The Right to Stupidity vs Our Right to Bear Arms

So I just ran across this article about a police officer who “accidentally” shot himself in the foot while attaching a tactical light to his Glock 19c at a shooting range. This individual is currently seeking $75,000 in damages for what I personally would consider an act of individual stupidity. I really encourage you to read the full story at

HEY Wait… get back here… I am not finished.

Okay, where was I, oh yeah… Stupidity. Now I am a firm believer in everyone’s right to idiocy, whether it is a momentary lapse or just shitty judgement, I just do not believe that anyone else should have to pay for it. As owners of firearms, we have to exclude ourselves from such errors when it comes to firearms. We rally behind our rights, but one idiot who feels that they are better than the basic rules we should all have indelibly etched into our memories, screws up; we are as a group looked at. So let’s be clear, everybody who participates in shooting sports should be crystal clear when it comes to the four basic rules of firearms safety

1. Treat all weapons as if they are loaded at all times

2. Never point the weapon’s muzzle at anything you do not want to destroy

3. Keep your finger away from the trigger until your sights are aligned and you are ready to fire (or as I prefer booger hooks off the boom switch)

4. Know your line of fire: understand your target, the area around it and what is beyond it.

Let’s face it, someone who manages to unintentionally discharge a pistol and hit their own foot while working on the gun is pretty much ignoring all 4 of those rules. Something that by sitting down with the Glock INSTRUCTIONS FOR USE booklet (yes, I have the booklet in front of me; and yes, pages 2 and 3 hit every one of those points and more) could have saved this guys foot, and kept all gun owners from looking like a bunch of trigger happy yahoos.

So lets just agree that we need to agree on a fifth rule:

5. Understand how your weapon functions. Read the Manual.

No, I am not saying you need to be a gunsmith and cite manufacturers part numbers in your sleep. But you should at least be able to safety check a weapon; load and unload it; and know how to safely use the weapon. You know, just handle the gun with the respect it deserves. Unfortunately, this is not the case. We have all seen the bullet marked dividers at the range, witnessed someone fumbling through loading a firearm, or jamming up a weapon that obviously needs cleaning. YouTube is full of examples. Yeah think about it, you have your horrific range story (please post it in the comments), here are a couple of my fav’s:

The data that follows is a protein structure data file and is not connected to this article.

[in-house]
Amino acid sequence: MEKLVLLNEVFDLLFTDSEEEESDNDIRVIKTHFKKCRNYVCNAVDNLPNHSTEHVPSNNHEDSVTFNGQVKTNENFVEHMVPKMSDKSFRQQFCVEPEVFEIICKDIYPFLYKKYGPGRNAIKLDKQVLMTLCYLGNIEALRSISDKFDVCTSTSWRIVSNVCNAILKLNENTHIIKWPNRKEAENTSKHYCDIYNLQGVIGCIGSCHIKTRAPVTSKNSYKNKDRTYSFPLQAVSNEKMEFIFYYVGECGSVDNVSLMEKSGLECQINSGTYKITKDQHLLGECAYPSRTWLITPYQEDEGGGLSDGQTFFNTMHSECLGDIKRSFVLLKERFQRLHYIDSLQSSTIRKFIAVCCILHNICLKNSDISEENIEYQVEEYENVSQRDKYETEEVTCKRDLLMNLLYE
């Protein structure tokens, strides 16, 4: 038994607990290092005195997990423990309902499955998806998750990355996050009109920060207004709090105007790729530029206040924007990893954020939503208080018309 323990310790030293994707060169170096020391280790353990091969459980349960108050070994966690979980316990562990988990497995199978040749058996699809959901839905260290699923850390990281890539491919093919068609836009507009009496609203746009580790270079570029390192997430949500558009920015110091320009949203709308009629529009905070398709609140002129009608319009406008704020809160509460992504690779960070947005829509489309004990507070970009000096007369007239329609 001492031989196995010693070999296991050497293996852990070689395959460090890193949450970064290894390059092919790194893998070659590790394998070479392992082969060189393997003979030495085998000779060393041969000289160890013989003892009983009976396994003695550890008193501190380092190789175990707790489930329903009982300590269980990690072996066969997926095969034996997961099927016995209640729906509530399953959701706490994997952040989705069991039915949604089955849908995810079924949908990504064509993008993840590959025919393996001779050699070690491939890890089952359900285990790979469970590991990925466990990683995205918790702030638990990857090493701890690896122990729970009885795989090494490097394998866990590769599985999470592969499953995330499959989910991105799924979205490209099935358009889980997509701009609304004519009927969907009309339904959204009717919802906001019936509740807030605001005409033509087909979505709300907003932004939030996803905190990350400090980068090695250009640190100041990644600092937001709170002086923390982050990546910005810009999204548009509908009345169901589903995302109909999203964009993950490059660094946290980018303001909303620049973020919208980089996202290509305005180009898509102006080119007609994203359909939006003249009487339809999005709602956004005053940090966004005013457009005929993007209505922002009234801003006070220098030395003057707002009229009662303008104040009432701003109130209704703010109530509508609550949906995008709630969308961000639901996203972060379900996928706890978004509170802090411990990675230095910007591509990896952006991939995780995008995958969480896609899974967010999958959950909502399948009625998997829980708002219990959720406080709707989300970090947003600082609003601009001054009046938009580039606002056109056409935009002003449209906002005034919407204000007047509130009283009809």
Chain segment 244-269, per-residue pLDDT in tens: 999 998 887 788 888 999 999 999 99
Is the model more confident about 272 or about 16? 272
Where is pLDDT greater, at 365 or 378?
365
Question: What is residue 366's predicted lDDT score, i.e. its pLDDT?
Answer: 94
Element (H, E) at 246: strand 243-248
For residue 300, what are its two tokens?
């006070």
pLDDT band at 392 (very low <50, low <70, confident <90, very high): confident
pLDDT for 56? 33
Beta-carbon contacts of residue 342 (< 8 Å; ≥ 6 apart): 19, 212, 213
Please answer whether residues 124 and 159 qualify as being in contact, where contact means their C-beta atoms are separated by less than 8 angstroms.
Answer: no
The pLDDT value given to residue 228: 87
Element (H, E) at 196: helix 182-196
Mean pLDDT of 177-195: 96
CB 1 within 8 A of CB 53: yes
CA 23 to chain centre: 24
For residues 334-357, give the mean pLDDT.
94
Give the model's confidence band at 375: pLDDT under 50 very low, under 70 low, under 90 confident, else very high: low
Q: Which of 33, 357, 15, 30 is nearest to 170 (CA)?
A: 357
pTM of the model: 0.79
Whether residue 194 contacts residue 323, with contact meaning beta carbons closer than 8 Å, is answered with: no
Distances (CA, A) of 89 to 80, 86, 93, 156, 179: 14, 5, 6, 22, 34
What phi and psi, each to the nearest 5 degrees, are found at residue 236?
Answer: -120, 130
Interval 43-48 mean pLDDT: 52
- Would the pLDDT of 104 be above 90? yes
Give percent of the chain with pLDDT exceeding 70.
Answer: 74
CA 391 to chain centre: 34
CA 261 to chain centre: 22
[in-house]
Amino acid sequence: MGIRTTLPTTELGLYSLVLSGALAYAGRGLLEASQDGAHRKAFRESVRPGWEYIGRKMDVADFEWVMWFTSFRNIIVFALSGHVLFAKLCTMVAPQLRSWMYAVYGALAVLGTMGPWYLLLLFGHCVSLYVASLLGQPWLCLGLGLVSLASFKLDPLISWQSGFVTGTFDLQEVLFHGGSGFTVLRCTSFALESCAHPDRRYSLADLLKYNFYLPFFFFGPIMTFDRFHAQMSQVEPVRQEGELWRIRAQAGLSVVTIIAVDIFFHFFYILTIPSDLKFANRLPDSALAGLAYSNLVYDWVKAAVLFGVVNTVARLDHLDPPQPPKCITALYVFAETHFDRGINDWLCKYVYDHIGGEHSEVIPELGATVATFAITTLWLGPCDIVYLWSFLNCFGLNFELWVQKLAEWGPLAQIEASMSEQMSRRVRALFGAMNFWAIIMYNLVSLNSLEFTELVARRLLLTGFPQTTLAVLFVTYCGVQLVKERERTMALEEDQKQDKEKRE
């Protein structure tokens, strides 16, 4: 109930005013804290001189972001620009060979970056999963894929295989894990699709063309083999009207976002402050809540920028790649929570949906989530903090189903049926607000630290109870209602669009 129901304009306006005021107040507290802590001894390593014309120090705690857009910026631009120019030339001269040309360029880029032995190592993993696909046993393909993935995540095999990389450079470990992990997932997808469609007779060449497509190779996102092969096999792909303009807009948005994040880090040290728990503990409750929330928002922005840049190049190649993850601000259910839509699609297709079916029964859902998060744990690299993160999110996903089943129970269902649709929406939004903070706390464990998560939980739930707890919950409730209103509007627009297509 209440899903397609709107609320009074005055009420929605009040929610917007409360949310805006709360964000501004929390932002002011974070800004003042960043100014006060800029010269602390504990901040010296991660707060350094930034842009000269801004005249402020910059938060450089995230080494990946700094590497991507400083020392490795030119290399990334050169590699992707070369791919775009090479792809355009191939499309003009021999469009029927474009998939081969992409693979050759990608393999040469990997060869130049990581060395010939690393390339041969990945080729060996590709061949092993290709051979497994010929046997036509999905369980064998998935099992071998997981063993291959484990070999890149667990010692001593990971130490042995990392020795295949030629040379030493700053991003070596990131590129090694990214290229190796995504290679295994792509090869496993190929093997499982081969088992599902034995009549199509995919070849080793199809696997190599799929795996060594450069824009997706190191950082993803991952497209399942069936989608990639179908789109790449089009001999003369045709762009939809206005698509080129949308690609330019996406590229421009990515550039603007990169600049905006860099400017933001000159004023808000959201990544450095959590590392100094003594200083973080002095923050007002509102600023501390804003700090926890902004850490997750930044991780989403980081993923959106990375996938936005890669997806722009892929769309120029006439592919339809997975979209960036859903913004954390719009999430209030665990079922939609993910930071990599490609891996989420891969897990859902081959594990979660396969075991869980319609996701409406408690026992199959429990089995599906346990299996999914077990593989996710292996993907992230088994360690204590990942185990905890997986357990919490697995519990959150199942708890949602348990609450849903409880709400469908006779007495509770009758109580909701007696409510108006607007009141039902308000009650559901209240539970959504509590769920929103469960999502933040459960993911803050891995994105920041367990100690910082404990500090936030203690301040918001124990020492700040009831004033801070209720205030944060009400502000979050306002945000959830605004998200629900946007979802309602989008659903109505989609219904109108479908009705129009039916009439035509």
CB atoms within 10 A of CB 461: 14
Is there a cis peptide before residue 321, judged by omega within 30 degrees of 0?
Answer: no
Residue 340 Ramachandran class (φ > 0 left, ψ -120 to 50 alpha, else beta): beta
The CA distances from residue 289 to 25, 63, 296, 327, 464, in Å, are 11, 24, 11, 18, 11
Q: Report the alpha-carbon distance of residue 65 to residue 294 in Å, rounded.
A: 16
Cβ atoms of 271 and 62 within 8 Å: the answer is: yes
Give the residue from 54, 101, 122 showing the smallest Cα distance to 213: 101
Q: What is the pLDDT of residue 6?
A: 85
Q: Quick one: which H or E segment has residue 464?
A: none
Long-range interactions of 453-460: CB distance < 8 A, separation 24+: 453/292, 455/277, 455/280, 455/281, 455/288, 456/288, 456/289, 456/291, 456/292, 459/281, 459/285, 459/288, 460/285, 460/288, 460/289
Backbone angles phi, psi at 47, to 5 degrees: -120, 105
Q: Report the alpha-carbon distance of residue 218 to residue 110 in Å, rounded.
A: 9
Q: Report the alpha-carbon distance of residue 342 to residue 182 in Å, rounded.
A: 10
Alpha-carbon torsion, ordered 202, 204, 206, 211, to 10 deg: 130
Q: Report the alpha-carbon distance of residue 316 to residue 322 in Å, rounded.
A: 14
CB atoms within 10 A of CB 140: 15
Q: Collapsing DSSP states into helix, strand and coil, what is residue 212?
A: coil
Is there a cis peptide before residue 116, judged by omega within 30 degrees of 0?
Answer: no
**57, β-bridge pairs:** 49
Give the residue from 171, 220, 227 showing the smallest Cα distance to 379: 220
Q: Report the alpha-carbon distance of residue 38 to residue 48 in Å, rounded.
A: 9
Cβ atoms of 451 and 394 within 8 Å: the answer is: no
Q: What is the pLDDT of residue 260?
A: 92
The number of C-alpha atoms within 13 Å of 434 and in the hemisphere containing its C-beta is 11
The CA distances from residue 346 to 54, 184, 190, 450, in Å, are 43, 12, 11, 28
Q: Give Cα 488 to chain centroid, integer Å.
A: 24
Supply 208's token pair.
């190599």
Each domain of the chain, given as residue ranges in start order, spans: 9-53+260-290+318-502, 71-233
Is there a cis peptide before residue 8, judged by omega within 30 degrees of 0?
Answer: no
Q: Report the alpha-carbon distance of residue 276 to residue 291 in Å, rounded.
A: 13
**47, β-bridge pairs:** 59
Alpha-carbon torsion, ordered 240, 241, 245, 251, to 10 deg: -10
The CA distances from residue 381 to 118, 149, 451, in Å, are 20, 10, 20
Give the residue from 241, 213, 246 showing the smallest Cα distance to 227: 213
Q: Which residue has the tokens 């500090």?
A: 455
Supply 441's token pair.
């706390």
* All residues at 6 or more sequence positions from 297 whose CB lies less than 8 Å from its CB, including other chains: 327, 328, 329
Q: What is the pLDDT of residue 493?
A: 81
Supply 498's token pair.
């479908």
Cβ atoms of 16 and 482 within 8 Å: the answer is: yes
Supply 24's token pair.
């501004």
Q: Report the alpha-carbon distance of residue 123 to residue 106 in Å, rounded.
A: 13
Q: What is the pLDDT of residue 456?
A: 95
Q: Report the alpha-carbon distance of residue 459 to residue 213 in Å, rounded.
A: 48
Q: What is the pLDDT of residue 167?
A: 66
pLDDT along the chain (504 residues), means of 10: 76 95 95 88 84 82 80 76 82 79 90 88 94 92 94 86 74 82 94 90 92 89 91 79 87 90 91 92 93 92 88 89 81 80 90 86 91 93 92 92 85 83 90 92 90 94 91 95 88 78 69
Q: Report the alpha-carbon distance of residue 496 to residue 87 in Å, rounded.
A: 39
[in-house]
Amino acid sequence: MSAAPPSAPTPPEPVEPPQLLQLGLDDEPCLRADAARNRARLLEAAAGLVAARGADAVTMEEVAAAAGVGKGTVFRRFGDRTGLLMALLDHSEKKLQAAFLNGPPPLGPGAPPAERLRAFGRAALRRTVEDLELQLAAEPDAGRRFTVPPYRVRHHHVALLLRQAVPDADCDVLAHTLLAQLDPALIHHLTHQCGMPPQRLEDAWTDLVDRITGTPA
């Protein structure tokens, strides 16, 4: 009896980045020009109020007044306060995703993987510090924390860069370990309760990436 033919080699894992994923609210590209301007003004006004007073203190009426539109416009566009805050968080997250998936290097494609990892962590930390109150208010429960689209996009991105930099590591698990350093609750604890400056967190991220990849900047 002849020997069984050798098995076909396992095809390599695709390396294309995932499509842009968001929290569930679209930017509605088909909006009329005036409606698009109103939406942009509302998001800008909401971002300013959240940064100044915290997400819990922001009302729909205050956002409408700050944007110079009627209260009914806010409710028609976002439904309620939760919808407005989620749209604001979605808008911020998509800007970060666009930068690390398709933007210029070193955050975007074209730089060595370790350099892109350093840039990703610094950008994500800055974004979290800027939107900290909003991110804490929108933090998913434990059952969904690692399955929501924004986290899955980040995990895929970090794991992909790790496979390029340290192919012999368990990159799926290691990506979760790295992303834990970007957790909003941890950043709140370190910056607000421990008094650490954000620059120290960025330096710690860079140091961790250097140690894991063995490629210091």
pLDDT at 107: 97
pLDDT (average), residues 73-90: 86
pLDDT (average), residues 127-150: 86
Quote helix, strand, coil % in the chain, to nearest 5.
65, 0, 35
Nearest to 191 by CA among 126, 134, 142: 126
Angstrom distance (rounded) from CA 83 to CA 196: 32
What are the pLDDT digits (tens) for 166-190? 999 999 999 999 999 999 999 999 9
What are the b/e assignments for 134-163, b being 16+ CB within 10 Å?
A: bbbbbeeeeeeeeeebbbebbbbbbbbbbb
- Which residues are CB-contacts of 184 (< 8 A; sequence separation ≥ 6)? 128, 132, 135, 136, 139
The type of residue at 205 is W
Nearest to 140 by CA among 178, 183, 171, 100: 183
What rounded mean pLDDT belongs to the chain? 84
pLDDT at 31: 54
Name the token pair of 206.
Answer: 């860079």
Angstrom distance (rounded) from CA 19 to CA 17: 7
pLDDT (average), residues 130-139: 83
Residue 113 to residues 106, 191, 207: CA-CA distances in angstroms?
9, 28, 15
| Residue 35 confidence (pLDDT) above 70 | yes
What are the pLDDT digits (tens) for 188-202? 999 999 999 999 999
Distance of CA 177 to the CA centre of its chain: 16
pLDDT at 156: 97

• Watching someone open the cylinder on a Smith and Wesson revolver when they thought they were turning on the laser. Perfect for a self defense situation.
  • Having to be pulled from my range lane by my wife when two guys with a brand new Remington 1911 could not understand how to clear a misfeed. This meant they decided to turn the  gun in every direction; including looking down the barrel. We do not need to prove that Darwin was right.
  • The guys trying to prove how manly they were by taking selfies on the range with a loaded Gold Desert Eagle!

The list goes on, and in most cases it can be tracked back to new gun owners putting less time into understanding their firearms than they would a new coffee maker. Maybe I am jaded (and a bit anal retentive) because in Illinois we have mandatory waiting periods for weapons (24 hours for long guns, 72 hours for handguns) and I spend that time online devouring every scrap of pertinent information I can before I pick up the weapon. Hell, if it is something I have been considering purchasing, I probably have read the owners manual, watched fifteen YouTube reviews, watched a detailed video on take-down of the weapon, and shopped over $1,000 dollars of add-ons to bling out the gun. Yeah, I am weird that way, but when it comes time to pick up the gun, I want to be able to use it safely.

This is one of those moments we need to reflect on ourselves as a group and ask, who is more likely to injure themselves; the first time gunbuyer who channels their lack of experience into understanding the weapon in detail, or the grizzled veteran shooter of 25 years who does not think the mechanics of a new purchase hold any mysteries to him? My personal opinion is that while the first may not be able to hit the broadside of a barn, they probably have the gun pointed towards the barn and are treating it with respect. With the second, he may be able to place a 2 inch group on said barn, but familiarity breeds contempt, as they say, and they try attaching a taclite with a round in the chamber. As our experience grows it does not excuse us from remembering the basics, and passing that along to the next generation of shooting enthusiasts.

Okay, gotta run and check the perimeter for zombies…

What are your thoughts? Add them in the comments!


Don’t be stupid!